In an early chapter of her book, Pilgrim at Tinker Creek, Annie Dillard recounts what she learned from reading a book by Marius von Senden, which tells the stories of patients blinded by birth, who recovered their sight when surgeons learned how to safely remove cataracts.
What we might imagine to feel marvelous for the newly-sighted was actually, in every instance, disorienting, and in many cases, even terrifying. Patients struggled to make use of their new sense; some rejected it altogether, “continuing to go over objects with their tongues and lapsing into apathy and despair.” One patient, a fifteen-year-old boy, cried, “No, really, I can’t stand it any more; I want to be sent back to the asylum again. If things aren’t altered, I’ll tear my eyes out.”
It is never easy to be made to see.
Jesus said, “Your eye is the lamp of your body. When your eye is healthy, your whole body is full of light, but when it is bad, your body is full of darkness. Therefore be careful lest the light in you be darkness.”
Our eyes, our sense of perception, are not simply a portal for either light or darkness. They aren’t receptors of light, as if their only job were to absorb particles and transmit waves. No, our eyes are like lightbulbs, lambs, and they emit light, the light (or darkness) from within the caverns of the self. How we see tells us something about who we are.
And if there’s one reason why I write, it is to be made to see. I feel it every time I sit at this keyboard and let my fingers do their ceremony of dance. As soon as the self-consciousness disappears, for a fleeting moment, the meaning leaks through, and the words that puzzle together say something. They see. They are light – and sometimes darkness.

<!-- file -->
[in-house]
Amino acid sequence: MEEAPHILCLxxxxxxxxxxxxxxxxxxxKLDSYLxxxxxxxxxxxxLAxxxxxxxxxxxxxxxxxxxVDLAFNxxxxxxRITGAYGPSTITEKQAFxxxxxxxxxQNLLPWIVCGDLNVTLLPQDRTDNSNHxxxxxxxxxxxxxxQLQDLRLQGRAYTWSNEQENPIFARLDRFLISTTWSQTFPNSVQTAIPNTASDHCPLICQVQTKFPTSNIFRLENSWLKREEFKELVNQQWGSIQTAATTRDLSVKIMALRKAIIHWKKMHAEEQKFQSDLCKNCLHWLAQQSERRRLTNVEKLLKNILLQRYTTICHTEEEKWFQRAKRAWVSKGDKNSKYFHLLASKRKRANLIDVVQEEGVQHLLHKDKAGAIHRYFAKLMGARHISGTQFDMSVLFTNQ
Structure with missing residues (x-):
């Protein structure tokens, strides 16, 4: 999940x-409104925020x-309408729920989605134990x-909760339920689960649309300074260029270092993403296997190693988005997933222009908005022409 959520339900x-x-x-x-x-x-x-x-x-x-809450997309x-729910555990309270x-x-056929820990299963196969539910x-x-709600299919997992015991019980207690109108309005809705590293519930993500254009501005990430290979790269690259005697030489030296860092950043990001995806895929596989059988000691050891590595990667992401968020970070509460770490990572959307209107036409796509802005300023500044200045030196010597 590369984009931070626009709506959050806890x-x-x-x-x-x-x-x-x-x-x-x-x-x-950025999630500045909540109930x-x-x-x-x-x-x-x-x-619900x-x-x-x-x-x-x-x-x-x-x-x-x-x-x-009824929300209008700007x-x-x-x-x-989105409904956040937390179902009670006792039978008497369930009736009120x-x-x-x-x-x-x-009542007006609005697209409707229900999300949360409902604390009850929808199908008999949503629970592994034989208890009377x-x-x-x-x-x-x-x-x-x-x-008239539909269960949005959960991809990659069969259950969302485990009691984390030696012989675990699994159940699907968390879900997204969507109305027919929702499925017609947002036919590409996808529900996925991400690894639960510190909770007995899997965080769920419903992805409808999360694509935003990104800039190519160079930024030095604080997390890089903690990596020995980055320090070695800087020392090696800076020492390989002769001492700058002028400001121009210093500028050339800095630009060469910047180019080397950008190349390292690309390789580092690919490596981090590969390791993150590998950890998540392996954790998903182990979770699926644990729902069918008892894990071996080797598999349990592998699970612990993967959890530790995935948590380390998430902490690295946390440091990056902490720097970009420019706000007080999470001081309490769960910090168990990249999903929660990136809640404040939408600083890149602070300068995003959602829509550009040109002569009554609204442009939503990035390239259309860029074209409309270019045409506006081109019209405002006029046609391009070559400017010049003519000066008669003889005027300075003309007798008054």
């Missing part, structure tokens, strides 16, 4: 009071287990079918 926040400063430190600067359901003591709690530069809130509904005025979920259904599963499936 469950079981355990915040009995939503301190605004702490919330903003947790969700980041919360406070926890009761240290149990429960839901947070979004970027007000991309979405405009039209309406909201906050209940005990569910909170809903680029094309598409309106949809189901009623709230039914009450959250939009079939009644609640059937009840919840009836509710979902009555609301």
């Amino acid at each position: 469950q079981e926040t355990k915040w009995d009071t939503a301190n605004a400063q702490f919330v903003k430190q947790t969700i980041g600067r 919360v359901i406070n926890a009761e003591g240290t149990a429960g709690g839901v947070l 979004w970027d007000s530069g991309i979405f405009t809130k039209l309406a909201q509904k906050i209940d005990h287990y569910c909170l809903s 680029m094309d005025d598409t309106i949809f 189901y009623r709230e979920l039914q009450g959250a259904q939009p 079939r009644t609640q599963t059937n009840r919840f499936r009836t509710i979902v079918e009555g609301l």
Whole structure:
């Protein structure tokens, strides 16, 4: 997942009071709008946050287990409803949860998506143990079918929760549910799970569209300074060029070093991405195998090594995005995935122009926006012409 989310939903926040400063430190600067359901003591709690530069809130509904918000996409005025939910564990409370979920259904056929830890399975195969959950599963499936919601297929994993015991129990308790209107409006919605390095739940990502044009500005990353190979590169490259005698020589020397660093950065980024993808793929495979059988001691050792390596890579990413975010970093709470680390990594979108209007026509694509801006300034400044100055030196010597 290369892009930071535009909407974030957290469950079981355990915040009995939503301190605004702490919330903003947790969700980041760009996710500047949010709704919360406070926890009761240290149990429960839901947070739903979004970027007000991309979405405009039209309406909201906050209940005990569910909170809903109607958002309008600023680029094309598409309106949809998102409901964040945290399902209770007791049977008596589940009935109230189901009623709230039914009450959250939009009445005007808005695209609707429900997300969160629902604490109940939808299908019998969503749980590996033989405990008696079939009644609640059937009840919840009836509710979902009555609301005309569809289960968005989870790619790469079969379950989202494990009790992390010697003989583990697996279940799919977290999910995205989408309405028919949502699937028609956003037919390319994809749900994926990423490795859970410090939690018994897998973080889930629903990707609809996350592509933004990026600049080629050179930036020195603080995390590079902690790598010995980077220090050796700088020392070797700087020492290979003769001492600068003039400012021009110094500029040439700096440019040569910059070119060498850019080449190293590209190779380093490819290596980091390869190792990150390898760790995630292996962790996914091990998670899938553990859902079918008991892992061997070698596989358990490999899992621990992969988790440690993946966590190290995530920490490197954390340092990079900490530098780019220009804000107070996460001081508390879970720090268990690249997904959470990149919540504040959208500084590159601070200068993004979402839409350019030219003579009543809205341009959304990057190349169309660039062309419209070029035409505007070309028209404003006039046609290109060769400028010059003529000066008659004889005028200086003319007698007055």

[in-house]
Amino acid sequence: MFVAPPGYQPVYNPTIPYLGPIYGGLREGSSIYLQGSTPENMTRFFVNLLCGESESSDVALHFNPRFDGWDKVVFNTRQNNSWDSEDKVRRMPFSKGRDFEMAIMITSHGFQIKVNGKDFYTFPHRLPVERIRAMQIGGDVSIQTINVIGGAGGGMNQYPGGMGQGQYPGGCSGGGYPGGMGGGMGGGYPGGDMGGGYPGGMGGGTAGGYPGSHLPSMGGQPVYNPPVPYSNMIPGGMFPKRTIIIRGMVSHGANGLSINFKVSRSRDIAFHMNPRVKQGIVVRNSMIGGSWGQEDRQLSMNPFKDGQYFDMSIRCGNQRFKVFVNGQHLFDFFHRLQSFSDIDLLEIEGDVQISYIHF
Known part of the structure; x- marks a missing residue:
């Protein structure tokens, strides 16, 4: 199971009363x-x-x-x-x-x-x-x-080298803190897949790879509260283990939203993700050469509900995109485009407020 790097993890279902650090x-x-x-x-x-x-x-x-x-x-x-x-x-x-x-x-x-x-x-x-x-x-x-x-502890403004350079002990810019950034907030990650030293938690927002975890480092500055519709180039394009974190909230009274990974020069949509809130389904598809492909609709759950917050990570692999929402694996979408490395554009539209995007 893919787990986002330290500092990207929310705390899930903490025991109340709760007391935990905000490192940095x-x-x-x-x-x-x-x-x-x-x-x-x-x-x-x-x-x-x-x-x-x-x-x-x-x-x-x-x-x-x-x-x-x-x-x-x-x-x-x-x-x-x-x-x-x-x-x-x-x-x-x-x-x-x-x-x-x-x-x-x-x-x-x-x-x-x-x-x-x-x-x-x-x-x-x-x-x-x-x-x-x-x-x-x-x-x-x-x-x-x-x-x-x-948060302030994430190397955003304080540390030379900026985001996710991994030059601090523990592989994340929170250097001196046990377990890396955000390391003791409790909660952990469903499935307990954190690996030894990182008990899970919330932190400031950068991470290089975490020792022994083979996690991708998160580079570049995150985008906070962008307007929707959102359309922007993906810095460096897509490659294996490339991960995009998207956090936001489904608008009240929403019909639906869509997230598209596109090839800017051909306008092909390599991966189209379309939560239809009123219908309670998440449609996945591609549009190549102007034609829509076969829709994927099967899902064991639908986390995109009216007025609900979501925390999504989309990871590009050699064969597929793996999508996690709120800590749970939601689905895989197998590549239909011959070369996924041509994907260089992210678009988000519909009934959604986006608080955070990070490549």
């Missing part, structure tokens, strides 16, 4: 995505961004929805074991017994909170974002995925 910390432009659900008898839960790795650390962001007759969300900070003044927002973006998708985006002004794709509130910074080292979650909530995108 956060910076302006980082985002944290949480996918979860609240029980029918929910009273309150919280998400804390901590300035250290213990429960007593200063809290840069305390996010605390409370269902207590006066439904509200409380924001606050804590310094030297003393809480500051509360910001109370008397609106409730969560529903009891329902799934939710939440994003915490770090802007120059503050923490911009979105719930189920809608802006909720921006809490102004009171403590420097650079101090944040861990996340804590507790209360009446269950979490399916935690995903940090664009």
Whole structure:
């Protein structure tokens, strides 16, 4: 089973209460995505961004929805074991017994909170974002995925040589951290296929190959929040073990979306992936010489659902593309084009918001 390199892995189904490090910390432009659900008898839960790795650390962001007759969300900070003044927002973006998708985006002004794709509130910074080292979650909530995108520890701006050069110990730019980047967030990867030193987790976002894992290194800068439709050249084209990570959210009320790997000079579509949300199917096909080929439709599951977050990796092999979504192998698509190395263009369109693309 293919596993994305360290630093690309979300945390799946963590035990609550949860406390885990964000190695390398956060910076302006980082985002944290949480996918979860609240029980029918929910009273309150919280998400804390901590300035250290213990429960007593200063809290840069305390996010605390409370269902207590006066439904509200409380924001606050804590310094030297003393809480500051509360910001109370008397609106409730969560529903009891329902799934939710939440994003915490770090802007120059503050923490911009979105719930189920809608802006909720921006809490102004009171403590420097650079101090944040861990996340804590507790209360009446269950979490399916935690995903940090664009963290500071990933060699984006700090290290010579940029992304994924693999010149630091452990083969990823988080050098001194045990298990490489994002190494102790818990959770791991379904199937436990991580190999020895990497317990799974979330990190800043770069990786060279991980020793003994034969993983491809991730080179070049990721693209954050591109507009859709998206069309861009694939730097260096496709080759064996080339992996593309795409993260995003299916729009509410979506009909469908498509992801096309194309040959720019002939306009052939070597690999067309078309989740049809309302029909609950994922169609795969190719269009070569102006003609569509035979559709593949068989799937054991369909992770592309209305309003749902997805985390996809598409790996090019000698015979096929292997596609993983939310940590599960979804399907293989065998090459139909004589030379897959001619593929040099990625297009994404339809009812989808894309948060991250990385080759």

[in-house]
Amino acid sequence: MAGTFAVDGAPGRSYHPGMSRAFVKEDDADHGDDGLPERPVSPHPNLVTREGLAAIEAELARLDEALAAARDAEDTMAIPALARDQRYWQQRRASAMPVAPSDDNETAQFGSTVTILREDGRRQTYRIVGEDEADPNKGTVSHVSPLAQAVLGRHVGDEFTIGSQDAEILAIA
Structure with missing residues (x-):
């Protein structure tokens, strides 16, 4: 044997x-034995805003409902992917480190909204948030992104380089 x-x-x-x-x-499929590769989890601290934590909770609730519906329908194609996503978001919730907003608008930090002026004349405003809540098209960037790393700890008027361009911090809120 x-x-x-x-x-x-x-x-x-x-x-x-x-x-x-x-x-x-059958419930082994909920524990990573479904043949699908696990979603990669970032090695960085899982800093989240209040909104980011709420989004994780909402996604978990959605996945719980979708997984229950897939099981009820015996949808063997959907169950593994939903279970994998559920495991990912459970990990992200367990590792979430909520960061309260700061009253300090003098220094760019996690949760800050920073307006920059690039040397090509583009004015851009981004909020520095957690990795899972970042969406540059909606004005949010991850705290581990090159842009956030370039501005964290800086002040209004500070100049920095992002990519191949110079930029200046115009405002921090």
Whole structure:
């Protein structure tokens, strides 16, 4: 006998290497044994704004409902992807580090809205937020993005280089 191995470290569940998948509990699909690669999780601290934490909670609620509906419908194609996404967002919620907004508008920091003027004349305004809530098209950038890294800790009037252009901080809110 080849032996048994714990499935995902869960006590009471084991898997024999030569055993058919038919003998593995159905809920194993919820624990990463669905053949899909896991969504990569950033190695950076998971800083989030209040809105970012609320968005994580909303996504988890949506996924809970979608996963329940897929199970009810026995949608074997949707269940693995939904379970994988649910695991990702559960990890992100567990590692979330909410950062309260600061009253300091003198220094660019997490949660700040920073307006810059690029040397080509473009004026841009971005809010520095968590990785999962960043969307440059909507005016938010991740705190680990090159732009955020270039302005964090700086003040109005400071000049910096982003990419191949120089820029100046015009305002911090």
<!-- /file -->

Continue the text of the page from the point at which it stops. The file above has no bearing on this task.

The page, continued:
“We all have a dream of telling our stories – of realizing what we think, feel, and see before we die. Writing is a path to meet ourselves and become intimate,” (Writing Down the Bones, Natalie Goldberg)
I’ve become a kind of advocate for writing, a salesman of sorts, having a knack now for moving conversations towards the pitch I want to inevitably make. Keep a journal. Start a blog. Write that story down. Record your prayers. Write, because the mechanics of pen to paper, fingers to keyboard, mind spliced open and light (darkness?) seeping out will teach you something about you, forcing upon you perceptions and understanding you might not have otherwise had. And there will be times you will want to run from whatever monster it is you find, whatever Frankenstein you birth in the laboratory of your laptop.
But there’s no surer path to freedom than truth.
Books to recommend for learning how to write (and for the sheer pleasure of reading great writers):
Writing Down the Bones, Natalie Goldberg.
On Writing Well, William Zinsser
The Writing Life, Annie Dillard
One Writer’s Beginnings, Eudora Welty
And here’s another blog I’m enjoying for the reflections she makes on writing: Chatting at the Sky with Emily Freeman. (She’s the one who recommended Writing Down the Bones, and I’m grateful!)
If you have books/authors that have inspired you to write, share them in the comments!